The significance of the word ‘Pateti’-is derived from the Middle Persian word for repentance Patet. Papeti or Pateti is New Year’s Eve for orthodox Parsi’s who follow the Shahenshahi Calendar. The next day is considered as ‘Navroze’ which is the New Year’s Day.
Pateti, is, therefore, a day for all good Parsi’s to reflect on their thoughts, words and deeds of the previous year and to repent on those that they were not so proud of. This repentance allows one to dedicate the New Year to good thoughts, good words and good deeds as a process of self-improvement and self-growth.
The feasting begins and the ‘chalk’ and colourful ‘torans’ (Toran – A glass bead garland adorned on the door) are adorned and to thank Ahura Mazda for all that has been bestowed upon one, however, small or big, and say a thank you, for no matter how well you have lived your life, always remember there is someone more fortunate or well of than you as well as someone less fortunate than you.
This year the Parsi’s or Zoroastrians celebrated their New Year on 17 August.
The following are 2 dishes with their recipes that Parsi’s relish on their New Year.
There are innumerable ways to enjoy cheese, the best and simplest way is a sampling of cheeses on a platter with all the trimmings. An extravagant wedding reception, a fine dinner party or a buffet at a star hotel, a store opening or even a baby shower nowadays will definitely sport a cheese platter with a delectable variety on it. The mouth-watering savoury taste of cheese has made it the go-to appetiser.
Cheese is more popular today than ever. Although at some point of time cheese did have its own course, today one can find that it is at 35,000 feet in first class cabins where it is served as a course on the menu. The relaxed formalities of today mean the cheese course at the dinner table is rather rare but has become popular during cocktail hour at parties.
Cheese as part of the hors d’oeuvres course is wonderful and extremely practical, because, once it is served it does not require any further fuss or effort from the host or hostess. But if you do plan to serve a cheese platter for your party it is important to get it right. The most important detail when serving cheese is to serve it at room temperature. When slicing cheese, include both the heart and the rind so everyone can enjoy an equal share of the various flavours, though the way cheese is served largely depends on its shape and texture.
Round cheeses like brie and camembert can be served by cutting little wedges or triangles and emmental can be served by cutting it into thin slices.When making acheese platter, you should present a variety of cheese- a soft cheese (brie), a hard cheese (an aged cheddar), and for the less adventurous include some mild cheese and for the adventurous include some kind of sharp cheese like blue.
You won’t be able to dictate how your guests sample your cheese selection, but a beautiful cheese platter presentation says everything about you as a host or hostess. Make sure you have plenty of small plates and cocktail napkins for guests to serve themselves along with a separate knife per cheese with plenty of fresh fruits like grapes and some dried figs or apricots along with a selection offresh fine breads and crackers as accompaniments.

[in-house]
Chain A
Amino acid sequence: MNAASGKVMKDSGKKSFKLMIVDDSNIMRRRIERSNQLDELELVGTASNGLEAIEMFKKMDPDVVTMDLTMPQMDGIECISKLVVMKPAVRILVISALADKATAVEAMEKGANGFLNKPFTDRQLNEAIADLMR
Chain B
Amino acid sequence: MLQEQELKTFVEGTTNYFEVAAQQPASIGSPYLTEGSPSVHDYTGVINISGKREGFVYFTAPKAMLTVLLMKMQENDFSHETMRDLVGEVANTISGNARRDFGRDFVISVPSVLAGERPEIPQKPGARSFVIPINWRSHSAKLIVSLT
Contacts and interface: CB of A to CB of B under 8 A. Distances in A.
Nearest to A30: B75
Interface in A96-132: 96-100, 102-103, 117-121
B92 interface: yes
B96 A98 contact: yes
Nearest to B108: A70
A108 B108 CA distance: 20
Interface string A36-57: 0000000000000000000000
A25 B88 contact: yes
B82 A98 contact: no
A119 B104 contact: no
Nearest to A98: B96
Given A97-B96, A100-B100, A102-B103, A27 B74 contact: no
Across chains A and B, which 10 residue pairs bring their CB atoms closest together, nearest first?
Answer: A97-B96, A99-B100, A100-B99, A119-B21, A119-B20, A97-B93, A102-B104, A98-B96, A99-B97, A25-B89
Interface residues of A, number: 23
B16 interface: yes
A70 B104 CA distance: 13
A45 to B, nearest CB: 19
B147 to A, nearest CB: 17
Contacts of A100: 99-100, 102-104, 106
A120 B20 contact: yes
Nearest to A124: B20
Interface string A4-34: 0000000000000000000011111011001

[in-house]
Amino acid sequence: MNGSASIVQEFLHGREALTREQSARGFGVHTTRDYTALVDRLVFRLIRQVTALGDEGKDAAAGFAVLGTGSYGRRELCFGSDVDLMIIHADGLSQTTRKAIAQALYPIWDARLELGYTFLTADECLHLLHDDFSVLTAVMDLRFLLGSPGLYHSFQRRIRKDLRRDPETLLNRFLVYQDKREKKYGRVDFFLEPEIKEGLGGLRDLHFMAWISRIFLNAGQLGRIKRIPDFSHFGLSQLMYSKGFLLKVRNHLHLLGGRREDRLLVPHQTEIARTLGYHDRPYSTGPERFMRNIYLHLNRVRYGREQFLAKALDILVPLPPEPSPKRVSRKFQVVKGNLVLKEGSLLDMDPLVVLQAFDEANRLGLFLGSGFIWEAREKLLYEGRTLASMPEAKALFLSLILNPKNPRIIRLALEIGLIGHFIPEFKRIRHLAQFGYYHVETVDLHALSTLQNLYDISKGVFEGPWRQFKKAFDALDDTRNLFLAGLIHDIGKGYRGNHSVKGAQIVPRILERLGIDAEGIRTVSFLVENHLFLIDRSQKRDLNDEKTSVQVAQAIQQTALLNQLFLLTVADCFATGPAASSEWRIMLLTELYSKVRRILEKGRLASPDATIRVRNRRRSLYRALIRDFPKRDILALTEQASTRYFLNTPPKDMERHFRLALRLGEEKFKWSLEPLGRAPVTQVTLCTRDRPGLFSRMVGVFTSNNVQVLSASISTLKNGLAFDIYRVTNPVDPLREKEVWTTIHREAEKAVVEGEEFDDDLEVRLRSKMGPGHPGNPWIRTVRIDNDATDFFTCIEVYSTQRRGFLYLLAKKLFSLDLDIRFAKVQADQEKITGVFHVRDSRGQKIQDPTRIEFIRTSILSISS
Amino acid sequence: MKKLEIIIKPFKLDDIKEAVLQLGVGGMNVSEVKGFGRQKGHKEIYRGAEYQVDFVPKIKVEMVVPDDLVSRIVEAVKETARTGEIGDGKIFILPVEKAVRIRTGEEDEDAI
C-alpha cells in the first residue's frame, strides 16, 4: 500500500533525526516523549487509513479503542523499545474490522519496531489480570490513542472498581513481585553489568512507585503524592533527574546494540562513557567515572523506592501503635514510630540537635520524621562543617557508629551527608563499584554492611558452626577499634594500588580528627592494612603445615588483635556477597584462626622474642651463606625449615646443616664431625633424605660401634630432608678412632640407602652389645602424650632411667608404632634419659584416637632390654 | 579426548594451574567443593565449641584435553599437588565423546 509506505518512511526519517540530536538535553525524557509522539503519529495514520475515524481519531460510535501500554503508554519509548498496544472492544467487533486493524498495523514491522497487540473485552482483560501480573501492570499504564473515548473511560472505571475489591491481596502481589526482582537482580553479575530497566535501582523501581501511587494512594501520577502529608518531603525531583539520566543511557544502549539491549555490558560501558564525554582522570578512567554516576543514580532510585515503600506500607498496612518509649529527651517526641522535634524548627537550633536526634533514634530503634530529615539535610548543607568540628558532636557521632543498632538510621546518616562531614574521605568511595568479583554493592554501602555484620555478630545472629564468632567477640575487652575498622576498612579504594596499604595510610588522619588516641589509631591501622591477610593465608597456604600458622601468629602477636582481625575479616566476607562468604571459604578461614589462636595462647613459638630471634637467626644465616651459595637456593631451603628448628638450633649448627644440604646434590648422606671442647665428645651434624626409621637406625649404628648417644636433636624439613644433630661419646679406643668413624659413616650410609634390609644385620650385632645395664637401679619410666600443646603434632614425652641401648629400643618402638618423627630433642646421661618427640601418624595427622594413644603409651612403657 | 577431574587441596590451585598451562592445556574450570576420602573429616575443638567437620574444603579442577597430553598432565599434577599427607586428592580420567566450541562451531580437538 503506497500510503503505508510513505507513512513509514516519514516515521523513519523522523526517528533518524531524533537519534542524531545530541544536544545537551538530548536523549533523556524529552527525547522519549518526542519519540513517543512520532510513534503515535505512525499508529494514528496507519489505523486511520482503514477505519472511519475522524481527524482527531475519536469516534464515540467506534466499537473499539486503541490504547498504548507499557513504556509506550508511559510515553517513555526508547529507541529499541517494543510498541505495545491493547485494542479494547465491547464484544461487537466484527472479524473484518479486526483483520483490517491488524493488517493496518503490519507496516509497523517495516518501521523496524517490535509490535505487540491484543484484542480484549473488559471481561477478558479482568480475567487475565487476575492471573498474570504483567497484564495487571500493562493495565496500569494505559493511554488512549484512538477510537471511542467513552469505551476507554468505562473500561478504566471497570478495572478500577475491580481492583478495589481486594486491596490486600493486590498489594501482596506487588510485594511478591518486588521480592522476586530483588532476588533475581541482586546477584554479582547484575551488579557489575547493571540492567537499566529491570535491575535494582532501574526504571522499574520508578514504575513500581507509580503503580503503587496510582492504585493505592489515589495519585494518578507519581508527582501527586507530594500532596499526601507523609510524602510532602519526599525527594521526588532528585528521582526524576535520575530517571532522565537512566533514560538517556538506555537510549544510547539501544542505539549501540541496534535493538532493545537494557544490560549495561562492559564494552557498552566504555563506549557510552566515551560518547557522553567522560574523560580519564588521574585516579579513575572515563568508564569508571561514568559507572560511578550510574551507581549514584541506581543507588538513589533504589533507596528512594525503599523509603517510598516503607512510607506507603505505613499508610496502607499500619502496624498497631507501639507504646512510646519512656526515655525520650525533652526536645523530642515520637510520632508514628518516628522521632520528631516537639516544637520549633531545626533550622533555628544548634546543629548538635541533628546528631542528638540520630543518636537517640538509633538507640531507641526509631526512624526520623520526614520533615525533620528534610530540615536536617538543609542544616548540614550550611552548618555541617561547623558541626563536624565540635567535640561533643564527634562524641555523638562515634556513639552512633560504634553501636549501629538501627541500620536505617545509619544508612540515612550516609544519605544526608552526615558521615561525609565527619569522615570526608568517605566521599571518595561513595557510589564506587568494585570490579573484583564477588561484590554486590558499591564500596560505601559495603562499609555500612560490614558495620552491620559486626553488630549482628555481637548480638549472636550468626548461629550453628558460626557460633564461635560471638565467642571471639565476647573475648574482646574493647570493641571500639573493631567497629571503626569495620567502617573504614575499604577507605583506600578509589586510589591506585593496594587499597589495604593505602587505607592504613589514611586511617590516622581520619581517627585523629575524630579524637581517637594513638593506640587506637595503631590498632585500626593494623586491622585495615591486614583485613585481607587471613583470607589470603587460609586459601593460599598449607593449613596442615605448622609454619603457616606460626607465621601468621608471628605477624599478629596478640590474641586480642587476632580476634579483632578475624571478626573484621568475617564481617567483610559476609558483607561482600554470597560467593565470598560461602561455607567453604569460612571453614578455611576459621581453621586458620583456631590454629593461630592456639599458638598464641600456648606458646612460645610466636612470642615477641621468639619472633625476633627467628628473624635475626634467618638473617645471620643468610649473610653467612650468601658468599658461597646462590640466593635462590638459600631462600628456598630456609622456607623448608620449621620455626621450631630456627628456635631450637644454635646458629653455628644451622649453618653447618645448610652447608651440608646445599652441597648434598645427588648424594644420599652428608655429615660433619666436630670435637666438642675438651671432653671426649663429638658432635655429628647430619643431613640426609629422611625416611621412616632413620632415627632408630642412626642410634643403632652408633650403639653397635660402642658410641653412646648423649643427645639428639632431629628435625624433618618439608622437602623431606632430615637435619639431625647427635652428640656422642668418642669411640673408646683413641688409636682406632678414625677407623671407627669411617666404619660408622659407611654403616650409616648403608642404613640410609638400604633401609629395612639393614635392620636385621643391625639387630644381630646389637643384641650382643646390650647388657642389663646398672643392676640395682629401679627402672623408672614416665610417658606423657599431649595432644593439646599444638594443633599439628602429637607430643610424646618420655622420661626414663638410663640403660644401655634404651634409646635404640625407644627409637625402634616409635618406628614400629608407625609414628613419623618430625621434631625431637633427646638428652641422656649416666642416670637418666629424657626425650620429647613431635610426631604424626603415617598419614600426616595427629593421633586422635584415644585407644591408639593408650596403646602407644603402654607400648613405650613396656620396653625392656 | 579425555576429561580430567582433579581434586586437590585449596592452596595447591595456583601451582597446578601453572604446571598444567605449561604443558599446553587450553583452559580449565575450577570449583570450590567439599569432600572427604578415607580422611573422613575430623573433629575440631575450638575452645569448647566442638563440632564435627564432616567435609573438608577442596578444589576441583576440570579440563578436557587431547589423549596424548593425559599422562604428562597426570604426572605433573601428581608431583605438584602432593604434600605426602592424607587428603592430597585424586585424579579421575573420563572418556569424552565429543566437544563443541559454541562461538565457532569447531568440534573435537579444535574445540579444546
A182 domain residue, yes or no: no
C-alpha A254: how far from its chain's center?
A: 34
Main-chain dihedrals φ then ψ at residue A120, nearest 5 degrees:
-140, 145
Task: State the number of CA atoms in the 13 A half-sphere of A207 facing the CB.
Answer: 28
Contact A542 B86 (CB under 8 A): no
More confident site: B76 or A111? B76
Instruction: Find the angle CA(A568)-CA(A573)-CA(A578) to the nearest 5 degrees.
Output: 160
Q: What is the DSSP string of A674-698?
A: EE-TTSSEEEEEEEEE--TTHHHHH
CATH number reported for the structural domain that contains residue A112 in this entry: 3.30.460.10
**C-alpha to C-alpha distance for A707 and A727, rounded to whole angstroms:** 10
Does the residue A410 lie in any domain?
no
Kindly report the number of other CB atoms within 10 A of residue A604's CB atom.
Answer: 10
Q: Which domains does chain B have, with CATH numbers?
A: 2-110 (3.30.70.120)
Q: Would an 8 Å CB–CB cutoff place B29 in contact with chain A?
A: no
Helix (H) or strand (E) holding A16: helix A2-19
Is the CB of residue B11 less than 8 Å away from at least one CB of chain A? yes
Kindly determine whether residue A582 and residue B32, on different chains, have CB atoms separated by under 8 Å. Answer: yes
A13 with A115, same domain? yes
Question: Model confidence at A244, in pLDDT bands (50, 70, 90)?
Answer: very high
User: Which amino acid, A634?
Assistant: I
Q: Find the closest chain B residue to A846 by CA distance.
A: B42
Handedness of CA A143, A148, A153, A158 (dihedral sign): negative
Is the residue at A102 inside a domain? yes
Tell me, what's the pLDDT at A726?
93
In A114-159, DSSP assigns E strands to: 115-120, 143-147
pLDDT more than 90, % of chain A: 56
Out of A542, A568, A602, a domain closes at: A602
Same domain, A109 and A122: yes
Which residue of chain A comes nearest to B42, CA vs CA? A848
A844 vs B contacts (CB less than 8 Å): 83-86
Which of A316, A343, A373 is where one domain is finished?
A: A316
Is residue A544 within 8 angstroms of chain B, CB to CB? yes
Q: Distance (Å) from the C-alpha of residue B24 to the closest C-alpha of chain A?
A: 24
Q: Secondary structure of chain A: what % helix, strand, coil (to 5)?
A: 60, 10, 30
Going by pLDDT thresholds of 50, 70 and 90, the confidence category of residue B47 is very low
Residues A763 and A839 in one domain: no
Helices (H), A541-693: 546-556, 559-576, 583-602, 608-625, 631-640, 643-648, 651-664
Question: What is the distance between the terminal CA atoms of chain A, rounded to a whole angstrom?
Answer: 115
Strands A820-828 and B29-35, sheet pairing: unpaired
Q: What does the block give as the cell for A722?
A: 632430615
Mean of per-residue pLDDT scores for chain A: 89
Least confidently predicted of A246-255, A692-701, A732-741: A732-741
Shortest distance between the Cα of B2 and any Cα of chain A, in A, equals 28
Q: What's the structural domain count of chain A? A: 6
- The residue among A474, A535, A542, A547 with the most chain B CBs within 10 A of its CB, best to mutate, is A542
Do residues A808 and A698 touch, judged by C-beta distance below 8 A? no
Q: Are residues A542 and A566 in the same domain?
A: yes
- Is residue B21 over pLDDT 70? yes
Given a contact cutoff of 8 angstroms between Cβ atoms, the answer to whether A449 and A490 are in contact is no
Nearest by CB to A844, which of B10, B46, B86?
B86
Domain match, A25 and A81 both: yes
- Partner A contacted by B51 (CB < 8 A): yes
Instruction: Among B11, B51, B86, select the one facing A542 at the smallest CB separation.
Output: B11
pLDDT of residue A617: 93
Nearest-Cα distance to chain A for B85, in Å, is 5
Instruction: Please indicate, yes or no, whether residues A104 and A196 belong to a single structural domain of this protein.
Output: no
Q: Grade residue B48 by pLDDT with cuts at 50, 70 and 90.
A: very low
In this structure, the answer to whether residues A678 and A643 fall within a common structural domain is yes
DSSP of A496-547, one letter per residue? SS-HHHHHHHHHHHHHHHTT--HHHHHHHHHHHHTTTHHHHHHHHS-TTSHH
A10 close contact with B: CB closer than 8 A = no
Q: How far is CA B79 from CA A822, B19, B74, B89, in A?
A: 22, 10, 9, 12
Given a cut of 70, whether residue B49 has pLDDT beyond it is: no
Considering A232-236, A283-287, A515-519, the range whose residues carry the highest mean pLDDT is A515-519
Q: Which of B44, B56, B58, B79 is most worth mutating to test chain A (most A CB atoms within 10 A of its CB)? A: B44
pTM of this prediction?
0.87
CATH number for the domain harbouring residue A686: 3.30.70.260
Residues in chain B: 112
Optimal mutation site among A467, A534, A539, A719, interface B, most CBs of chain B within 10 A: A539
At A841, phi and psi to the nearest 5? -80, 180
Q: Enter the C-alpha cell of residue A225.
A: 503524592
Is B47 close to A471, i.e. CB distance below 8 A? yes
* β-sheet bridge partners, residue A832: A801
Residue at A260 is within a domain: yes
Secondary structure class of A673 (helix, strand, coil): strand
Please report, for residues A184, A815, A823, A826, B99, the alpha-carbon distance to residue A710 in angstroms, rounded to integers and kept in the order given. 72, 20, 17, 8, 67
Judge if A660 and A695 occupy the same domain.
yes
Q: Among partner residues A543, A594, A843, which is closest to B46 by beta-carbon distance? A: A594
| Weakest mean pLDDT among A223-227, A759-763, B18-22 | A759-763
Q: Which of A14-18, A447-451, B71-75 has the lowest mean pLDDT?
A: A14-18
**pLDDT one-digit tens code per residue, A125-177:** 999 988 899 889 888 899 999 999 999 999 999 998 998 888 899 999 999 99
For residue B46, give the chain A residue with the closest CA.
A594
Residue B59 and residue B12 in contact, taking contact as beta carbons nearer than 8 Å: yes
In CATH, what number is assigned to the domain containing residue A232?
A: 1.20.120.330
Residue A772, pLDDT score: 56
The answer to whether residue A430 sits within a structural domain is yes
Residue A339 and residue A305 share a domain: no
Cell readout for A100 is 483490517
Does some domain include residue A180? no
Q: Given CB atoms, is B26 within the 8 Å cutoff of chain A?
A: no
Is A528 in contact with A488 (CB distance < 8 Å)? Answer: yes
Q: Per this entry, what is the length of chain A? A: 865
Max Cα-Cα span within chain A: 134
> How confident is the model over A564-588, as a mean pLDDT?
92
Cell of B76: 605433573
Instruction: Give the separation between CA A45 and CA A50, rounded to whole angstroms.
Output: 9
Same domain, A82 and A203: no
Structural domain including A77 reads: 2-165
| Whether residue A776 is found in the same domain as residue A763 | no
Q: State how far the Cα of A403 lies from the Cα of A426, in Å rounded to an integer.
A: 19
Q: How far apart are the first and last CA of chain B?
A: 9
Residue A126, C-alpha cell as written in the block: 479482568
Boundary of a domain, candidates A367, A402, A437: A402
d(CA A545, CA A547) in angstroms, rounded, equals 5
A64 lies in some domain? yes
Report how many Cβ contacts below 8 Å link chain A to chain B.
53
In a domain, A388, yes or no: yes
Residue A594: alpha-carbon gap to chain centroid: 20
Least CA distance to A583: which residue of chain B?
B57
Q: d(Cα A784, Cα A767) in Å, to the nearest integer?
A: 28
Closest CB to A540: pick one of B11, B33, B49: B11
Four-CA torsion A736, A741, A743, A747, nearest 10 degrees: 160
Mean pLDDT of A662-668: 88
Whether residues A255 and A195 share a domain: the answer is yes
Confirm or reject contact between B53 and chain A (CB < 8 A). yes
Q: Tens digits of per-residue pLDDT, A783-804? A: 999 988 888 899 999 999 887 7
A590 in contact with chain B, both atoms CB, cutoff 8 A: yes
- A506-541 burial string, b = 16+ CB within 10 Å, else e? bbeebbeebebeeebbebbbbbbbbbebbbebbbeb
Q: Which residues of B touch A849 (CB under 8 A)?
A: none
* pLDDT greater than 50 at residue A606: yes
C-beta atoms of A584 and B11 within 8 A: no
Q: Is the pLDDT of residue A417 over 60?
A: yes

A simple tip when arranging a cheese platter cut just a few slices of bread at a time as bread can go stale very quickly, you could leave a cutting board and knife with the loaf for guests to help themselves.But this humble dairy product, made from pressed curd of milk, doesn’t just marry up with dips, crackers and fine wine.
Cooking with cheese takes it to a whole new level. Not just sprinkling some mozzarella over your pizza or some cheddar on your au gratin but try to include cheese in everything from your casseroles to sauces and salads.
But there is always the dilemma which cheese do I use?Some tasty trusty cheddar, ricotta, feta, goat’s soft cheese, hard cheese, or blue cheese…now that we can easily find hundreds of varieties of cheese at the supermarkets – well, they each lend themselves perfectly to being cooked in different dishes as per the demands of the recipe.Hard cheeses include cheddar, parmesan and Swiss. Soft cheeses include feta, ricotta and brie, while blue cheeses include Stilton, Roquefort and gorgonzola.
Cheddar firm texture and sharp taste make it perfect for cooking in skillet recipes, casseroles and even savoury cheesecakes as well as desserts. The slightly tangy and sharp flavour of parmesan makes it a great combination with vegetables and tomato based sauces. The mild, sweet flavour and silky texture of Swiss would work well in a Quiche or pies or even in a fondue, thanks to its excellent melting capabilities.
Goat’s cheese, with its slight tangy and buttery consistency, is wonderful when cooked with lentils, or sprinkled over a risotto or with a beetroot or spinach salad.The super sharp, ripe taste of blue cheese works great in a lasagna with walnuts or a mushroom pasta bake or a delicious garnish with a pumpkin or broccoli soup. Different cheeses respond differently to heat, so before you go on a conquest of experimenting it would be better to try some tried and tested recipes first.
Then once you have mastered the tastes and textures you can go wild with all the choices but also remember everyone’s taste buds are different and unique, so you can’t go wrong.